Primary by Flynn Talbot
Flynn Talbot has created a lighting installation named Primary, that was recently shown at PSAS in Perth, Australia.
You can watch a video of Primary – here
From Flynn Talbot
A new exploration in colour and light. Primary is a three sided wall installation which is illuminated by three LED light sources. This is a reference to the primary colours of light, red, green and blue (RGB). These base colours of light have defined the quantity of light sources and the use of triangles. Everything in threes. The cardboard structure is designed to fragment the light and show how coloured light is mixed. Light and object are intrinsically connected.
This is a concept which has been scaled to suit the available space and can fit in many interiors. Visitors to the exhibition were presented with a long view of the piece, most thinking it was simply a 2D projection on the wall. On a closer look the 3 dimensionality of the work became apparent and the depth of the polygons (up to 2 meters) could be seen. The front and side view are very different, each offering a unique visual experience.
Primary has been specifically designed to create the right ratio of shadow which is then illuminated by the opposing light sources. Light and shadow are working together and through a 10 minute programmed light show, a real feeling of movement is created. A beautiful landscape of fragmented light that looks impressive on its own but very powerful with the perfectly shaped light. A soundscape completed the installation for a full immersive experience.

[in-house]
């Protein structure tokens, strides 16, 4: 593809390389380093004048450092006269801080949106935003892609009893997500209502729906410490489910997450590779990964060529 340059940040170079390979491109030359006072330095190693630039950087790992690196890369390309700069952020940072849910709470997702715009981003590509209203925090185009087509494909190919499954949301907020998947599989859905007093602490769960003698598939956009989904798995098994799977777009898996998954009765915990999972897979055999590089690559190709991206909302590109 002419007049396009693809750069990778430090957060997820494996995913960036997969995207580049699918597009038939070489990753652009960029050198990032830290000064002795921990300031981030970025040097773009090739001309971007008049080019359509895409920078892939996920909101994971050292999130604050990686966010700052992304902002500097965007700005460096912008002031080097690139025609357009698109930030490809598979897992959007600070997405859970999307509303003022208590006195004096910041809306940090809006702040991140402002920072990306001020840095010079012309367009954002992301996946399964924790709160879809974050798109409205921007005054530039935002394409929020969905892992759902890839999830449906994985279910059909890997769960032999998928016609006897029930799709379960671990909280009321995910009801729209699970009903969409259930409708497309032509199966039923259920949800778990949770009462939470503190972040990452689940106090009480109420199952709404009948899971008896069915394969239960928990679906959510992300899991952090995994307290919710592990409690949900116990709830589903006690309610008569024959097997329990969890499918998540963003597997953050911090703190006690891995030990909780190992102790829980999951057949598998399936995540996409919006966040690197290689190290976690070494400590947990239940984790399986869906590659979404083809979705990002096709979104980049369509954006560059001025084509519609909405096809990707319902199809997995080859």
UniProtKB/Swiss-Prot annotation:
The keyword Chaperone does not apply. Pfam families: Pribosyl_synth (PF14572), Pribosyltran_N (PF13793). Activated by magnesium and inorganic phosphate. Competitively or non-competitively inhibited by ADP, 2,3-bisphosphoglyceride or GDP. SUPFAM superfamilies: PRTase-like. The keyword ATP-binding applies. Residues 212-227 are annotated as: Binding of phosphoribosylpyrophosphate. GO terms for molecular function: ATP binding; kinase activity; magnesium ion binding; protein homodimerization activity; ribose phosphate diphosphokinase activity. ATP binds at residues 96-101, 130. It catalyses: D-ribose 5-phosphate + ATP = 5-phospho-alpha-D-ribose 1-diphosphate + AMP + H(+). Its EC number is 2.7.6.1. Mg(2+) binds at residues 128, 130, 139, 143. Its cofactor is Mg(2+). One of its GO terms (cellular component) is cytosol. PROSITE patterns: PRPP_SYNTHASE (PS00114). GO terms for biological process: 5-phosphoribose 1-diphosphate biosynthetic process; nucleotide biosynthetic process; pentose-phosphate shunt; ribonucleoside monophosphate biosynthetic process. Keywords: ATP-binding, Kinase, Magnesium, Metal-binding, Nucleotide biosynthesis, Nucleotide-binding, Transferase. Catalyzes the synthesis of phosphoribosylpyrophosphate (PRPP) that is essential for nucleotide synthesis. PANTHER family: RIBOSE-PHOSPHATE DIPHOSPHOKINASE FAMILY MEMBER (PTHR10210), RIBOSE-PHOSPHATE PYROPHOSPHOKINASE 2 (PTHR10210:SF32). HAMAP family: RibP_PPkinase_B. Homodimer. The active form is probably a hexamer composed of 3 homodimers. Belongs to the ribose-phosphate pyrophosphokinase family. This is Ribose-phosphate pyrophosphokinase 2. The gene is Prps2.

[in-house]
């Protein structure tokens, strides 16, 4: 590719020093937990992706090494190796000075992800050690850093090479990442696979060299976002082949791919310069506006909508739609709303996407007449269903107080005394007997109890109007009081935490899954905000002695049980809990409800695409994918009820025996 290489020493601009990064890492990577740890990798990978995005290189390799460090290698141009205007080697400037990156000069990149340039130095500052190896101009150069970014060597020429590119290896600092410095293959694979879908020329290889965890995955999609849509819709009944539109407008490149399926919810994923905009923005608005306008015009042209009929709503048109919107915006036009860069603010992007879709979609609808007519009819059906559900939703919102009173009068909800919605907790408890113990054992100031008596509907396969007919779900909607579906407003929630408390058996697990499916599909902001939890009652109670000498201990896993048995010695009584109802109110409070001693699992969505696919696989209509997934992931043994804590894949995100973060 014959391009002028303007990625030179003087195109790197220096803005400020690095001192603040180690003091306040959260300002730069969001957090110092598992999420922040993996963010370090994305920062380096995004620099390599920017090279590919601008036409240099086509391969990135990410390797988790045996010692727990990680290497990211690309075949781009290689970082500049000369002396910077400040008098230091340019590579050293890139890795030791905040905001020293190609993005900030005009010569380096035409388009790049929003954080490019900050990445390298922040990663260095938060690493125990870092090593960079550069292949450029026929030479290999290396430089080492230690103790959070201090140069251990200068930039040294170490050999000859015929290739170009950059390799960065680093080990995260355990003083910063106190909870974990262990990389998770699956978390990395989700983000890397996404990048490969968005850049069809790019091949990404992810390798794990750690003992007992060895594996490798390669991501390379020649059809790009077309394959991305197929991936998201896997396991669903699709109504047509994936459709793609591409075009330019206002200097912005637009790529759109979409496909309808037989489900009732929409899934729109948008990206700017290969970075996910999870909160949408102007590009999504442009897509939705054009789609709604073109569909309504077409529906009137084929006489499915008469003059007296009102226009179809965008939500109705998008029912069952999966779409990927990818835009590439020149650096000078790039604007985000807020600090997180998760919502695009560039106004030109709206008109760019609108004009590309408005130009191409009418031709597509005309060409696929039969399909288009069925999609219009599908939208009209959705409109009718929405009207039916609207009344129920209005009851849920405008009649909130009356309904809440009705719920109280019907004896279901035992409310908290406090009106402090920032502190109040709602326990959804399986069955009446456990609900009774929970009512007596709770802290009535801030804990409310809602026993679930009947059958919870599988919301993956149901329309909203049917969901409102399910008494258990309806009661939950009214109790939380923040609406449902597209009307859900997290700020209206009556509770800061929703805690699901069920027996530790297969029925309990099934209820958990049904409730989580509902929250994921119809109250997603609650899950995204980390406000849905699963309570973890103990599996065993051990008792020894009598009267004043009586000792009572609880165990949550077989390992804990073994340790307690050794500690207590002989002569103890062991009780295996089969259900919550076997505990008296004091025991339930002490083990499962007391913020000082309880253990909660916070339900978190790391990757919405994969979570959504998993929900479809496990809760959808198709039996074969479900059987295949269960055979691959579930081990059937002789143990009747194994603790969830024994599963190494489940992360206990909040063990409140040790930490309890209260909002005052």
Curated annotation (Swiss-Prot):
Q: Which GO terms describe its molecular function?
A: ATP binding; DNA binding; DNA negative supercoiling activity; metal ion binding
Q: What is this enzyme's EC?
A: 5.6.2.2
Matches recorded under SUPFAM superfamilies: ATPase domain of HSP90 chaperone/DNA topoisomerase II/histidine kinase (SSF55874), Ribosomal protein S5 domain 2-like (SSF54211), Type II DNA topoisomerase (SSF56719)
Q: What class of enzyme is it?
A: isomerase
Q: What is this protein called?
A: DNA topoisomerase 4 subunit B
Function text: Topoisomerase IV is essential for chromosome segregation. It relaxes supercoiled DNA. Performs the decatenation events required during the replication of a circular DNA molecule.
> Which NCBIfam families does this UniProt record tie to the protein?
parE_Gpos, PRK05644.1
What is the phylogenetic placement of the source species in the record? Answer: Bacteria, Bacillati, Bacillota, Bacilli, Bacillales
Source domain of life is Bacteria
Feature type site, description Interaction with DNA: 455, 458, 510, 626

Primary was conceived when I lived and worked in Berlin. Almost 2 years later I found a temporary home for it in my home town of Perth, Australia. After many experiments with different light sources and cardboard structures I found a balance of dark and light to create a deeply moving installation.
The most exciting thing about working with new technologies in lighting is that this project really wasn’t possible a few years ago. Only recently has a single source colour changing LED module been powerful enough to illuminate a work of this scale. In the past it would have had to be illuminated with a metal halide light source and an old rotating colour wheel. Now I can truly create my vision of pure saturated colour that smoothly shifts through a programmed spectrum.
This installation is supported by Philips Selecon
Artist: Flynn Talbot Studio
Photos © John Madden
Film and soundtrack © Flynn Talbot Studio